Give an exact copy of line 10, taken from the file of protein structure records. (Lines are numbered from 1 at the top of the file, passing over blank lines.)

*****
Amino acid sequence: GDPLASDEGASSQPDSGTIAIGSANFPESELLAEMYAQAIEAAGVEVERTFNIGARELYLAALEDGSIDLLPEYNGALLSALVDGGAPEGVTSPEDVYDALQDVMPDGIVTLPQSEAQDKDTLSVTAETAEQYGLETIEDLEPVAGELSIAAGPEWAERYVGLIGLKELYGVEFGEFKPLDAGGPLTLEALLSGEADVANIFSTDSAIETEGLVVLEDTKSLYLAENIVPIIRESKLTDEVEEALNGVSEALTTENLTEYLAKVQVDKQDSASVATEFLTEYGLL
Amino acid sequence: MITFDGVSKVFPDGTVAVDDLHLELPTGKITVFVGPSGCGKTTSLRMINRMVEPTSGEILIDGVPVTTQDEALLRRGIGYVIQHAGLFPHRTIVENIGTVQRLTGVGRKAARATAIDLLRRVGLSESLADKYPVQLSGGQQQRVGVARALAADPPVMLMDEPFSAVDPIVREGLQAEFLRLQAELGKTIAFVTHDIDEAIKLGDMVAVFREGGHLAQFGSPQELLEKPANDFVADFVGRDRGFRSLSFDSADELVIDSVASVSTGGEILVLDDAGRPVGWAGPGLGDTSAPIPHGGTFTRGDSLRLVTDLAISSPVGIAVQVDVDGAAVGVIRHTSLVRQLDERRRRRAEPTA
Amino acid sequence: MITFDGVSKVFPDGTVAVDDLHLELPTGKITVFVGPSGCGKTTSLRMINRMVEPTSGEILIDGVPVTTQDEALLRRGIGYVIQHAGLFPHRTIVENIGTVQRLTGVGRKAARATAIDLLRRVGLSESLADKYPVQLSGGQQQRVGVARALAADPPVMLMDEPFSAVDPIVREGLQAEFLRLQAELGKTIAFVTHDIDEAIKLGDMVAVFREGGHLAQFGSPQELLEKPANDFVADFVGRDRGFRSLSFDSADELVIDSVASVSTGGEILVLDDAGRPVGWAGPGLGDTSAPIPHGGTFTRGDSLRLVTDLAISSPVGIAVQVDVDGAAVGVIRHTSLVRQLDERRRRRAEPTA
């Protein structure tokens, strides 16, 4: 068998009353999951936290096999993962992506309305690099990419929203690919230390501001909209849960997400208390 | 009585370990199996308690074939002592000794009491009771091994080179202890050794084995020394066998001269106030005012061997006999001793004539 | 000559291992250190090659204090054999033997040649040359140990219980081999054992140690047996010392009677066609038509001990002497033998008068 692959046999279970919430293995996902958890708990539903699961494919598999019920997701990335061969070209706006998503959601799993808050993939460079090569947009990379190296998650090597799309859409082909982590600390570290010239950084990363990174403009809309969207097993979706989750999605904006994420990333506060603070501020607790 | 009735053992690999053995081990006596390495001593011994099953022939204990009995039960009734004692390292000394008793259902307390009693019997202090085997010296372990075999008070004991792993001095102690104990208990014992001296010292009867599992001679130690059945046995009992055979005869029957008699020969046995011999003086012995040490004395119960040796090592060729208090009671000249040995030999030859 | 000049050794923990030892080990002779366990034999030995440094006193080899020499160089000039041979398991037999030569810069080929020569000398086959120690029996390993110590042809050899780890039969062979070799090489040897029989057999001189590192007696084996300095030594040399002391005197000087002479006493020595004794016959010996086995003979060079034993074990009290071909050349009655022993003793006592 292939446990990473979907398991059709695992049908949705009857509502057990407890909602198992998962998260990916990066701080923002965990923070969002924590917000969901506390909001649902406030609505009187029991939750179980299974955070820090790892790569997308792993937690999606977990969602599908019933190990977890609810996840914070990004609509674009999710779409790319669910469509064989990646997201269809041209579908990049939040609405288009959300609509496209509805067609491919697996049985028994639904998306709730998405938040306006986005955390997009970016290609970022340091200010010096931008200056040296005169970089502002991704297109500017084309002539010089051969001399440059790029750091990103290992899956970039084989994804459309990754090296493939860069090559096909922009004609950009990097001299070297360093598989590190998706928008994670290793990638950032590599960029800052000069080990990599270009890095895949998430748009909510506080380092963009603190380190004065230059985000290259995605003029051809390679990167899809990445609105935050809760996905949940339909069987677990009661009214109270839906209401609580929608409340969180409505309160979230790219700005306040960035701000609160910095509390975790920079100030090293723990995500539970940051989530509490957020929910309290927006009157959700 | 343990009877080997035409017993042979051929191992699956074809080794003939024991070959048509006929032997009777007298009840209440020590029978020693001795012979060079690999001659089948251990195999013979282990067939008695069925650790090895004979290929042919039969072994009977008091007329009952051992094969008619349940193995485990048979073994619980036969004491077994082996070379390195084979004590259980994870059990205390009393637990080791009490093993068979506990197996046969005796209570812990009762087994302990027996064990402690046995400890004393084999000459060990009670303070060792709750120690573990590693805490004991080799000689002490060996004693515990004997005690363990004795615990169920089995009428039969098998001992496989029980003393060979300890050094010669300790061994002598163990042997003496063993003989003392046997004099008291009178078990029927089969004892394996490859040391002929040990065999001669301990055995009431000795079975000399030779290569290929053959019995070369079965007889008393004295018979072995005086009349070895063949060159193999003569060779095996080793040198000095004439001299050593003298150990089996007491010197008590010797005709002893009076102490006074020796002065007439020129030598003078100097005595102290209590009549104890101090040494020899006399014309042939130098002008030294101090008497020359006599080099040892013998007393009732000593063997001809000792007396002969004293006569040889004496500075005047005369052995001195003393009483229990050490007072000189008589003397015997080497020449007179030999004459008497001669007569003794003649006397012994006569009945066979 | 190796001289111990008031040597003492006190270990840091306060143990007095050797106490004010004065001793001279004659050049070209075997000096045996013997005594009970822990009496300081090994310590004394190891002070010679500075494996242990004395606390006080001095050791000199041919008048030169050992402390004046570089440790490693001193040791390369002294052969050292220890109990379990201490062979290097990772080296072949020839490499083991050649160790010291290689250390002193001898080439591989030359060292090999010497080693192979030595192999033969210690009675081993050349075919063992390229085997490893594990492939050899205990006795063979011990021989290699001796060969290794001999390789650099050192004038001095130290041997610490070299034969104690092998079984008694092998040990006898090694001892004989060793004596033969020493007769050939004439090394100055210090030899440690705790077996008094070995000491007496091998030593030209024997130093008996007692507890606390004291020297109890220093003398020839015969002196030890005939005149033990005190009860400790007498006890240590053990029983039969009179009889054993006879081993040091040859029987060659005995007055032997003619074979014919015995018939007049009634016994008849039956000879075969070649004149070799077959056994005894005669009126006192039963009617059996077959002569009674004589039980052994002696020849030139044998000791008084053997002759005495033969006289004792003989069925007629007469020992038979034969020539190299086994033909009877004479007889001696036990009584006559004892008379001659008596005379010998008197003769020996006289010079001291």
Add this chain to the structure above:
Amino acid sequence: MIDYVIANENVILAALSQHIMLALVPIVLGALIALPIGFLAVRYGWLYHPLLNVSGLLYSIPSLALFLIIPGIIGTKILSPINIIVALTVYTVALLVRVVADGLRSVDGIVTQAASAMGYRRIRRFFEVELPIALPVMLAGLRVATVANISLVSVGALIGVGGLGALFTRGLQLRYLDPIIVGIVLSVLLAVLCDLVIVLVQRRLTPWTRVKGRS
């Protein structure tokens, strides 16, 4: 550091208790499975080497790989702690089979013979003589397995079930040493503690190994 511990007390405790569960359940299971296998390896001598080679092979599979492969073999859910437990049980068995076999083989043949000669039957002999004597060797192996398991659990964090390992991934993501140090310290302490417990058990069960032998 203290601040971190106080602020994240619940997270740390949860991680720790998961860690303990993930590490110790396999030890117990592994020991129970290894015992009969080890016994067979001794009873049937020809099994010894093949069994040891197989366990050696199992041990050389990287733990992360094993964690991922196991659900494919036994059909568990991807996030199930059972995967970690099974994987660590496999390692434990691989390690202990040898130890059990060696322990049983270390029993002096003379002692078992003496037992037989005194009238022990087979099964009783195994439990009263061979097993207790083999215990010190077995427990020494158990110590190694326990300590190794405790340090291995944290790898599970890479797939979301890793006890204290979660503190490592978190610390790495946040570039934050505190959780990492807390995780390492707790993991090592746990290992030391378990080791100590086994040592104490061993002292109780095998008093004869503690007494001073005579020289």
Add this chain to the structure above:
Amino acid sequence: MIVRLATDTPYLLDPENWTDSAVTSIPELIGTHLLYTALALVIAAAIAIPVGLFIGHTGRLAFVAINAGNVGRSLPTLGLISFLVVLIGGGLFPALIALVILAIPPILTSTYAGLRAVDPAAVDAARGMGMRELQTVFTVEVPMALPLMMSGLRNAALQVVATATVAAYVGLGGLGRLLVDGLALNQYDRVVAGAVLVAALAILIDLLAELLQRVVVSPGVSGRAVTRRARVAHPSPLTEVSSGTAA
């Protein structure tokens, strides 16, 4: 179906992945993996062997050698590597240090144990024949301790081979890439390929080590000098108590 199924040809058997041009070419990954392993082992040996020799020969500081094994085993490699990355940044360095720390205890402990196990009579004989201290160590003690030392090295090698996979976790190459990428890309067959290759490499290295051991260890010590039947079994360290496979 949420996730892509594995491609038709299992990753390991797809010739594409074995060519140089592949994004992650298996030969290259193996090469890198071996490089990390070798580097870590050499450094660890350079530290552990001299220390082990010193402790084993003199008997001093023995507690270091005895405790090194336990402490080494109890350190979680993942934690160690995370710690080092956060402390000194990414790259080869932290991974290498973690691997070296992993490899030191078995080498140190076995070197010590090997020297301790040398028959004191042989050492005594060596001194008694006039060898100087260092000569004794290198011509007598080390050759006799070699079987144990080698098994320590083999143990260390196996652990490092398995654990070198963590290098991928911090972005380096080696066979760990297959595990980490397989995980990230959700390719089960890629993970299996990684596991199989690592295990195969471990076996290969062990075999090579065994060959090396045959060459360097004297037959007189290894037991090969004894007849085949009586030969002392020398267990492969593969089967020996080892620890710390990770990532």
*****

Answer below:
């Protein structure tokens, strides 16, 4: 179906992945993996062997050698590597240090144990024949301790081979890439390929080590000098108590 199924040809058997041009070419990954392993082992040996020799020969500081094994085993490699990355940044360095720390205890402990196990009579004989201290160590003690030392090295090698996979976790190459990428890309067959290759490499290295051991260890010590039947079994360290496979 949420996730892509594995491609038709299992990753390991797809010739594409074995060519140089592949994004992650298996030969290259193996090469890198071996490089990390070798580097870590050499450094660890350079530290552990001299220390082990010193402790084993003199008997001093023995507690270091005895405790090194336990402490080494109890350190979680993942934690160690995370710690080092956060402390000194990414790259080869932290991974290498973690691997070296992993490899030191078995080498140190076995070197010590090997020297301790040398028959004191042989050492005594060596001194008694006039060898100087260092000569004794290198011509007598080390050759006799070699079987144990080698098994320590083999143990260390196996652990490092398995654990070198963590290098991928911090972005380096080696066979760990297959595990980490397989995980990230959700390719089960890629993970299996990684596991199989690592295990195969471990076996290969062990075999090579065994060959090396045959060459360097004297037959007189290894037991090969004894007849085949009586030969002392020398267990492969593969089967020996080892620890710390990770990532």